Weekly Health Columns

April 19, 2017

Self-evaluation May Determine alcohol Use Disorder

“Do you think I drink too much?” a friend of mine asked one day while we were having my only and her first glass of wine. My bland answer was, “It’s not important what I think, it’s important what you think.” The National Institute on Alcohol Abuse and Alcoholism says that according to a 2015 […]

April 12, 2017

Speaking of Colonoscopies, It’s All Behind Me Now

A few weeks ago I received a letter from Sandpoint Surgery Center. I knew what it was going to say, so I sent a quick email to my primary care provider to ask if she really thought I needed to have another colonoscopy since I’d had one just a few years ago. “I think colonoscopies […]

April 5, 2017

There’s a Difference Between Discipline and Child Abuse

There were seven of us sitting on the floor of my cousin’s bedroom playing Monopoly. I must have been around six. I’m sure we were all making a lot of noise. That’s what kids do. All of a sudden my uncle burst into the room, obviously angry. He grabbed my seven-year-old cousin Mel and started […]

March 29, 2017

Take a Moment Tomorrow to Thank a Doctor

In the first two years of medical school a fledgling physician will double his or her 15,000-word vocabulary with mostly Latin-derived words that are difficult to pronounce. Then, eleven or more years later, and after a cost of at least a quarter of a million dollars they can put their name, including the M.D., on […]

March 22, 2017

Only You Can Prevent Accidental Poisoning

In the fall of 1961 Congress passed a joint resolution requesting that the President of the United States proclaim the third week of March National Poison Prevention Week. On February 7, 1962, President John F. Kennedy signed the proclamation to make it happen. (Note to children: yes, Congress and a President once actually agreed on […]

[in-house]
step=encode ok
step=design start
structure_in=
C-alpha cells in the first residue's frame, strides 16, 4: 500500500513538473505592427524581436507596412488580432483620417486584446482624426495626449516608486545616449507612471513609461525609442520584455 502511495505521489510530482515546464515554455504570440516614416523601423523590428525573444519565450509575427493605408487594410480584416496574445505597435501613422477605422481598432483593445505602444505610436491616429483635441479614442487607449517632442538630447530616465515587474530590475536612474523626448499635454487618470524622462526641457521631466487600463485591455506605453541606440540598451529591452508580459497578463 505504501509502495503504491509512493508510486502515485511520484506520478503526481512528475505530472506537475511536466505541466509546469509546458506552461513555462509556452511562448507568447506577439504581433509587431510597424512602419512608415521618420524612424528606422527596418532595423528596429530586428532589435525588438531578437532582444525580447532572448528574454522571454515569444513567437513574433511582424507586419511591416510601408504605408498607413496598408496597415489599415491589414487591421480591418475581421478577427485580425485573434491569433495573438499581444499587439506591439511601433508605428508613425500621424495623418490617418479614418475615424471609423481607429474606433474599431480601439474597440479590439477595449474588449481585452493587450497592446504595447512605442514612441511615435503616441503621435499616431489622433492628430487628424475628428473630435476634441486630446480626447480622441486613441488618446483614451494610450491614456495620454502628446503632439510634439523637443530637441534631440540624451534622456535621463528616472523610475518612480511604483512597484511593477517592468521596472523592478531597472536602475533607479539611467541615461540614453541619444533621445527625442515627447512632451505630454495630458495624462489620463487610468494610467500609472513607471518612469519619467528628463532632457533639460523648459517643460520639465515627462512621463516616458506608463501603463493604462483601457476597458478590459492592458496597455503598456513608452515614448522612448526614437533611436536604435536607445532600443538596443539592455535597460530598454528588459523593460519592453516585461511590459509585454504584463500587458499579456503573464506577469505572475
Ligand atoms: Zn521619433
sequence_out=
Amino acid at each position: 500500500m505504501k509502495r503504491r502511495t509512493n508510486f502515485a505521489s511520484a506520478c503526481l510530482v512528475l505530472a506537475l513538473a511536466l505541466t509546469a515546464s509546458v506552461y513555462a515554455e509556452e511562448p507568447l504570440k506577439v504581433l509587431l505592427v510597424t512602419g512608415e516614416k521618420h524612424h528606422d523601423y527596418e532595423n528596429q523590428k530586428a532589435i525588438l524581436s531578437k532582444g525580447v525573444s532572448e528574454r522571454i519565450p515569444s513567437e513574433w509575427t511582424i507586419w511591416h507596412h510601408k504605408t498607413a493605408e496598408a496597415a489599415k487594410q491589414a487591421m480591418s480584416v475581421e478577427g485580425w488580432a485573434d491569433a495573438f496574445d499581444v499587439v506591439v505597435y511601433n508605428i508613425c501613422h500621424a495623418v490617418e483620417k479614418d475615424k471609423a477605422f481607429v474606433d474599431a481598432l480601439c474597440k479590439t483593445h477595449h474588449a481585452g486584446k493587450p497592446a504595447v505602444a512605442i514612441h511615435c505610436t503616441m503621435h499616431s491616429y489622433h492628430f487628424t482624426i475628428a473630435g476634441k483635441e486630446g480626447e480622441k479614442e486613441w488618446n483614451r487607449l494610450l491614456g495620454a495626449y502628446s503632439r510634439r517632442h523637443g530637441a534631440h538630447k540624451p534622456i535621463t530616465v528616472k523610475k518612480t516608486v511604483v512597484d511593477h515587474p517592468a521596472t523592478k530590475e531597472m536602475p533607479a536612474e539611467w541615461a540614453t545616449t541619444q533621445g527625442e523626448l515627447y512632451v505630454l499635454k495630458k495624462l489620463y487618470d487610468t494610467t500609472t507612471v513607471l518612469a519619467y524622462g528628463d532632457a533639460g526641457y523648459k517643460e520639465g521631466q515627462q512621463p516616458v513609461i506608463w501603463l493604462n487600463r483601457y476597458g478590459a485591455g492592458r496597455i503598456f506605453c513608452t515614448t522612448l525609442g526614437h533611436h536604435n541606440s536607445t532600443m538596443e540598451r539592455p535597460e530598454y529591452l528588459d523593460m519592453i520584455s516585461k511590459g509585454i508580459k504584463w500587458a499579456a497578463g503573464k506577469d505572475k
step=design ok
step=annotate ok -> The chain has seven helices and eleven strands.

March 15, 2017

BGH awarded Level IV Trauma Center designation

You know you’ve made a lot of visits to the emergency department when they greet you by name when you arrive and you remember theirs. This isn’t small town, everyone knows everyone, this is you’ve been there before, several, maybe too many times. Don’t ask how I know this! The National Center for Health Statistics […]

March 8, 2017

PT may be treatment option for carpal tunnel syndrome

“I had a nerve conduction test about four weeks ago and have been told today that I have carpal tunnel syndrome,” wrote a woman named Louise on a patient forum. “My doctor has referred me to a surgeon. Is there anyone out there who surgery has worked for?” Most of the respondents had sad tales […]

March 1, 2017

Cellphones are breeding grounds for bacteria

“I can’t believe I have another ear infection!” Angie said recently. “It’s the third one I’ve had this winter. And, don’t tell me I don’t wash my hands enough, I wash them so often they’re as dry as the desert.” Her RN sister quickly asked, “When’s the last time you cleaned your cellphone?” Angie thought […]

February 22, 2017

Tuberculosis down but not out

When he was nineteen years old, George Washington (whose birthday is today, you know) had never been farther than 200 miles from where he was born. As a matter of fact, he’d hardly been out of the state of Virginia. His brother’s tuberculosis diagnosis gave him exposure to a different world and two serious diseases. […]

February 15, 2017

U.S. Presidents not the heart healthiest bunch

Malaria, smallpox, tuberculosis, dysentery, diphtheria, and notorious tooth decay are just some of the afflictions George Washington endured. But today, as we look forward to a long weekend to celebrate former presidents, we’re going to take a look at some of those who suffered from heart disease. It’s still Heart Health Month after all. William […]

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